Former Ald. Isaac “Ike” Carothers' fell short Tuesday in his attempt at a political comeback following a public corruption conviction, finishing third in a five-way Democratic primary contest for Cook County Board that drew the attention of some of the most powerful forces in local politics.
Richard Boykin, a Washington, D.C., lobbyist and former chief of staff to U.S. Rep. Danny Davis, D-Chicago, declared victory in the 1st District race. Conceding defeat were Carothers and second-place finisher Blake Sercye, who had the backing of Mayor Rahm Emanuel and Cook County Board President Toni Preckwinkle.
“We've still got to win in November,” Boykin told supporters at a celebration in Oak Park. “Let's celebrate tonight and get to work tomorrow.”
Carothers is known as much for his street-level political skills as for the fact both he and his father were convicted of taking bribes three decades apart, and he acknowledged that his criminal record likely was a problem.
“Certainly for some people it could have been an issue,” he said. But he did not close the door on a future run for office.
With 90 percent of precincts reporting, Boykin had nearly 31 percent of the vote, Sercye had about 27 percent, and Carothers had 22 percent, according to preliminary results.
In the rear of the pack were Brenda Smith, an aide to current Commissioner Earlean Collins, who did not seek reelection, with 17 percent; and financial consultant Ronald Lawless, with less than 2 percent.
In early results from other closely watched county primary contests, city worker Luis Arroyo Jr. claimed victory over incumbent Northwest Side Commissioner Edwin Reyes; Sheriff Tom Dart was easily defeating three challengers; and appointed Commissioner Stanley Moore was coasting to victory in a three-way race for a district covering the far South Side and south suburbs.
In a Republican primary for a southwest suburban district, three-term incumbent Commissioner Elizabeth Doody Gorman was beating back a challenge by Dr. Barbara Bellar.
Commissioner Deborah Sims, who represents a different swath of the South Side and south suburbs, was well ahead of her Democratic primary challenger, as was Commissioner Jerry “Iceman” Butler in a district that sprawls along the Lake Michigan shore from downtown into the South Side.
The night was proving to be a mixed bag for Preckwinkle, who put considerable muscle behind Sercye and Reyes and also backed Moore and Sims.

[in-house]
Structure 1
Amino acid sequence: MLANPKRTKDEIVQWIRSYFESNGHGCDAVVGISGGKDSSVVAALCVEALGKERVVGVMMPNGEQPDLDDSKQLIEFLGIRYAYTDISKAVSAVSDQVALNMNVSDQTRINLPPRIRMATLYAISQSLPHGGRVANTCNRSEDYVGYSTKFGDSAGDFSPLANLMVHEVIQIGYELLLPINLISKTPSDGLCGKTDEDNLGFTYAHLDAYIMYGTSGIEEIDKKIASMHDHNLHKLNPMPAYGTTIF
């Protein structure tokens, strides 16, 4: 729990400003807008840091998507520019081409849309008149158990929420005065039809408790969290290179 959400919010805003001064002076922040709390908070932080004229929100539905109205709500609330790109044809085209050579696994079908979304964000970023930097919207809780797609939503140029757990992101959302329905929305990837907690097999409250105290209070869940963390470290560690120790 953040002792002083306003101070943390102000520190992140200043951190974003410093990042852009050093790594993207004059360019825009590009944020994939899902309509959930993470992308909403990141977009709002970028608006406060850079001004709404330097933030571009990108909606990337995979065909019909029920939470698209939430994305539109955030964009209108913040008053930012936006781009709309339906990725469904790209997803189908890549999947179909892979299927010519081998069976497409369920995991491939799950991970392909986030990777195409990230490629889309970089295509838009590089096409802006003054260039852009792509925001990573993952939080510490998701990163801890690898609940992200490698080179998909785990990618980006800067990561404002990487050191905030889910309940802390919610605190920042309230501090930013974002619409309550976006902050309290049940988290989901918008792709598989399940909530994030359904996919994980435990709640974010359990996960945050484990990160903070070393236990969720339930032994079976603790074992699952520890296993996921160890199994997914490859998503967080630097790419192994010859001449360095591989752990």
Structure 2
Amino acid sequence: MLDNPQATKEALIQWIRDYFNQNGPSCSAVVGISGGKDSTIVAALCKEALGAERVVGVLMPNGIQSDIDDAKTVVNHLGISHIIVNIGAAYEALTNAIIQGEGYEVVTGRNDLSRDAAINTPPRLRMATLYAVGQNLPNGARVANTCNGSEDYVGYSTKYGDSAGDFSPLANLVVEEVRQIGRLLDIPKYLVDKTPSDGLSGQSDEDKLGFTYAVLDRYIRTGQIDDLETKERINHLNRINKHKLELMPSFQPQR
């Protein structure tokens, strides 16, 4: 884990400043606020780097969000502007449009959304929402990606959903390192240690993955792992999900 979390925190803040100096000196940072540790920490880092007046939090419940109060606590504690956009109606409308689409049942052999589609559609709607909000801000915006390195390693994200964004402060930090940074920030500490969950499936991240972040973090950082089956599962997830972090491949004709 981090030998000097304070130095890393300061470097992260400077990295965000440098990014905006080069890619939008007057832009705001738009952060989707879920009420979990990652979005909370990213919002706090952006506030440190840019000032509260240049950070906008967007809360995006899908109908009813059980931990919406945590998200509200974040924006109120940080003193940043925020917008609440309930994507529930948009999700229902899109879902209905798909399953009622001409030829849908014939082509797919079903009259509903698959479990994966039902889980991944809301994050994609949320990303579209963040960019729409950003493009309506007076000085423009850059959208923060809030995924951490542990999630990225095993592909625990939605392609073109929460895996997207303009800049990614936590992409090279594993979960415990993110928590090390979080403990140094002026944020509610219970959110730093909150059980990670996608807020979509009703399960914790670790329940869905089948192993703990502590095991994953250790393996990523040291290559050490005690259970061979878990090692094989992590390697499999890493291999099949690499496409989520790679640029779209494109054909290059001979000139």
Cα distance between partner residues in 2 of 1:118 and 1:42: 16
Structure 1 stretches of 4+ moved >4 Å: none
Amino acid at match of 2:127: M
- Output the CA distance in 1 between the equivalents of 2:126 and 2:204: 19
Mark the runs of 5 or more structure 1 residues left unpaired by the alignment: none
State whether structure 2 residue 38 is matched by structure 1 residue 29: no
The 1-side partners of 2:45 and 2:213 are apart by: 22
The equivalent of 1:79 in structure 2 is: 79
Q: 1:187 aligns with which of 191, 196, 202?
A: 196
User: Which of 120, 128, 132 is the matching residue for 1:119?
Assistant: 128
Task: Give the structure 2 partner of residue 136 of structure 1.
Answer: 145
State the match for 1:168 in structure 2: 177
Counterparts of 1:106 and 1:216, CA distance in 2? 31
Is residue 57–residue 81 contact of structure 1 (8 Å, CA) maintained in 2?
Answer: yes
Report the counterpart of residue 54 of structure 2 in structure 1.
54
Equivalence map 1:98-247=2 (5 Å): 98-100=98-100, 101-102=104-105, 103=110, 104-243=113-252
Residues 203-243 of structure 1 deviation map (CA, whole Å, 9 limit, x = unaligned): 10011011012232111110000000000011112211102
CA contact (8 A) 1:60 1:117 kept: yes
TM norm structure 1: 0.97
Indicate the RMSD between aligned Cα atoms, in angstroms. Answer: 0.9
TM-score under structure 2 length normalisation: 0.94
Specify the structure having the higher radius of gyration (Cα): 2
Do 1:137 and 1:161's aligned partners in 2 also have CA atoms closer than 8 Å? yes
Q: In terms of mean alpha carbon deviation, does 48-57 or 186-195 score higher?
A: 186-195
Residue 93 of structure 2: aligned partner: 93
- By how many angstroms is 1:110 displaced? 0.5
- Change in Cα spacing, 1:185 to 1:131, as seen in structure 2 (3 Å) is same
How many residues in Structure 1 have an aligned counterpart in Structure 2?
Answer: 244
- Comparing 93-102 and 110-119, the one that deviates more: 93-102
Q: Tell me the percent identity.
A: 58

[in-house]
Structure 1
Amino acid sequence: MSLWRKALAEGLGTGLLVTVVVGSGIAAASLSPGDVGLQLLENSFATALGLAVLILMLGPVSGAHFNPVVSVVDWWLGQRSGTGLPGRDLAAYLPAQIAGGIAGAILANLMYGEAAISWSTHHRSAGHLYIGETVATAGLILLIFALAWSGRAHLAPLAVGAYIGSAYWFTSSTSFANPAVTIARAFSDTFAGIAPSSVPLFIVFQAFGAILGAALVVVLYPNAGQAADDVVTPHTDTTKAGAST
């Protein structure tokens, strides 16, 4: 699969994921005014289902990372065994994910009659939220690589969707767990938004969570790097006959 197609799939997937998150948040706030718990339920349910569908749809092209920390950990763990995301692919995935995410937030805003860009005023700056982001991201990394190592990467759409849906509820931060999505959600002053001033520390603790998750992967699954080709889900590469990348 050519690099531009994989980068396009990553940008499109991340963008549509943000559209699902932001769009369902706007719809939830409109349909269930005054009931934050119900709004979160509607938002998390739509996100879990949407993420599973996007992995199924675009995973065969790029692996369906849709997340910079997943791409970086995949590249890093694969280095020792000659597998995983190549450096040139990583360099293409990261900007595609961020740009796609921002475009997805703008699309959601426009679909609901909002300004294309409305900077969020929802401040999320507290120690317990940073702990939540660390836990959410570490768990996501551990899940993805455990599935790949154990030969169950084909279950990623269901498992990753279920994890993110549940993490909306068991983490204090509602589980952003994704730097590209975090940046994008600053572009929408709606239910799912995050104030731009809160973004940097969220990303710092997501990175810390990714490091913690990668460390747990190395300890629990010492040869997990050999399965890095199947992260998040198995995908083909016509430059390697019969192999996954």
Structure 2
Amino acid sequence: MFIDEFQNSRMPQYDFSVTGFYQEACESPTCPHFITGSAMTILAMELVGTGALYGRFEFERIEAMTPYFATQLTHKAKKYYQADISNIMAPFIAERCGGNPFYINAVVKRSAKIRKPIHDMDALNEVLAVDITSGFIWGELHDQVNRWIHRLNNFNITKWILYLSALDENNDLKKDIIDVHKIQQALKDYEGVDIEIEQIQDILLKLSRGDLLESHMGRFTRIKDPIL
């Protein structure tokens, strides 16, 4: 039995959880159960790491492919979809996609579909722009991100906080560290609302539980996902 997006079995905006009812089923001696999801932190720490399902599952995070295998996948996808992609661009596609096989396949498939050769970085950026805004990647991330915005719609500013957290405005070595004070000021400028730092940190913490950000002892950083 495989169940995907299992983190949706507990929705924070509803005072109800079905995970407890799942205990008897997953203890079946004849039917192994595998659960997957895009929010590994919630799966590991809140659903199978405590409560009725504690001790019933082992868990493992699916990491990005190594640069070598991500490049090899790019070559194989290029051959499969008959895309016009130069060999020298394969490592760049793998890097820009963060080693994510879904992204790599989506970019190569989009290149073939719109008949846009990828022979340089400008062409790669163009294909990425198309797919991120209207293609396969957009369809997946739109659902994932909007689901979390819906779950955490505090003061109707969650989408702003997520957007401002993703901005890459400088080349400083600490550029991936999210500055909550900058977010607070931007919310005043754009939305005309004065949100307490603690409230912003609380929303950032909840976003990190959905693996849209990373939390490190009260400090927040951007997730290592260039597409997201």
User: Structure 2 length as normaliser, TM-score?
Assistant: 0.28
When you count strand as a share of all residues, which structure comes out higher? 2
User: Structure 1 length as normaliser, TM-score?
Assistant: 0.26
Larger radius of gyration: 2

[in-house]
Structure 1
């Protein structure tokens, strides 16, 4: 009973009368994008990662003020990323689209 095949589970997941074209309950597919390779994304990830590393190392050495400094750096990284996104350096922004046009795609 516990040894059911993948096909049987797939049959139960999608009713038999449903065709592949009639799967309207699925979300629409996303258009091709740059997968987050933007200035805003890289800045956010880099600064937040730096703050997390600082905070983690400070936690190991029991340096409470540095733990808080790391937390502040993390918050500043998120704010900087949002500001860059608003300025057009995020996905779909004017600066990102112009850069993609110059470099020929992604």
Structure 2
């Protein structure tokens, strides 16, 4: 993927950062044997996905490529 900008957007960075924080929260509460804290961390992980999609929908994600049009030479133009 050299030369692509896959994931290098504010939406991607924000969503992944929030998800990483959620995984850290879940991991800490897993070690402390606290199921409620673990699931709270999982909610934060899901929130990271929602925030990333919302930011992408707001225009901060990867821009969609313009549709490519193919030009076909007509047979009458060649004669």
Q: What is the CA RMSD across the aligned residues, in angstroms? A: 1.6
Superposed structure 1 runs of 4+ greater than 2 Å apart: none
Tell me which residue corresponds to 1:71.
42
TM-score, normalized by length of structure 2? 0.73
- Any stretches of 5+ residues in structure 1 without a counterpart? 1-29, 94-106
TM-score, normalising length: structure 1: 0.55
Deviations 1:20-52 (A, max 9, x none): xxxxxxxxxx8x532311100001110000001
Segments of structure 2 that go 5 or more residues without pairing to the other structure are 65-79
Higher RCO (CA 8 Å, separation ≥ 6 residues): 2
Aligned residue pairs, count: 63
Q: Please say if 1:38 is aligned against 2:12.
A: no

Preckwinkle's endorsement of Sercye was made not only to seek a potential ally on the board, but more pointedly to defeat Carothers, with whom she had a sour relationship when both were on the Chicago City Council. Preckwinkle also said she opposed allowing someone convicted of public corruption getting elected to county office.
“You work hard in races, you do the best you can and the voters decide,” Preckwinkle said Tuesday.
Carothers was released from federal prison two years ago after doing time for bribery and tax fraud for accepting home improvements in exchange for a favorable city zoning recommendation while alderman.
Carothers, 59, said during the campaign he had paid his debt to society and should have his full rights, including that to run for office, restored. He contended he was a fine alderman for the 29th Ward during his 11-year tenure.
Sercye, 27, a University of Chicago Law School graduate, said he would be a break with the past, while Boykin, 45, played up his credentials and experience and had the backing of Davis and Dart.
During the past year, 1st District candidates all together raised more than $566,000, making it the most expensive Cook County Board race in recent memory. Boykin alone raised more than $307,000, nearly a third of it from himself and much of the rest from out-of-district individuals and businesses, according to state campaign disclosure records.
Winning the Democratic primary in the 1st District is tantamount to victory in the predominantly blue district. In another closely watched contest, incumbent Reyes had 44 percent of the vote to Arroyo's 56 percent, with 92 percent of the precincts counted.
Chicago political chieftains appointed Reyes, a now-retired Illinois State Police trooper, to his seat in 2009. The following year, he won election with the backing of then-Ald. Richard Mell, 33rd, and state Rep. Luis Arroyo, the father of Arroyo Jr.
But the elder Arroyo and Reyes had a falling out over the remap of his district, and Reyes fired two employees allied with Arroyo and Mell. So the local regular Democrats backed the son, one of four family members on public payrolls, while Reyes was backed by Preckwinkle and other self-described Democratic reformers.
Dart, a former state legislator, was seeking his third term in the sheriff's office. He had 69 percent of the vote, with 89 percent of the precincts counted. Sheriff's Lt. William “Bill” Evans had 14 percent; former Sheriff's Sgt. Sylvester Baker had 10 percent, and former Sheriff's Inspector Tadeusz “Ted” Palka had 6 percent.
In one of the two Cook County Board seats that split up the Far South Side and south suburbs, Moore had 66 percent of the vote, with 86 percent of the precincts counted. Nicholas “Nick” Smith had 21 percent, and Robert McKay had 14 percent of the vote.
In the Republican contest, with all but one precinct counted, Gorman had 59 percent of the vote, compared with 41 percent for Bellar.
Sims had 84 percent of the vote with 90 percent of precincts counted in the other race for a South Side-south suburban Board seat. Cook County Jail corrections Officer Timothy Parker had 16 percent.
In a 10-way contest for three seats on the Metropolitan Water Reclamation District Cynthia Santos, Frank Avila and Timothy Bradford were leading with 88 percent of the vote counted.
Tribune reporters John Chase and Wes Venteicher contributed.
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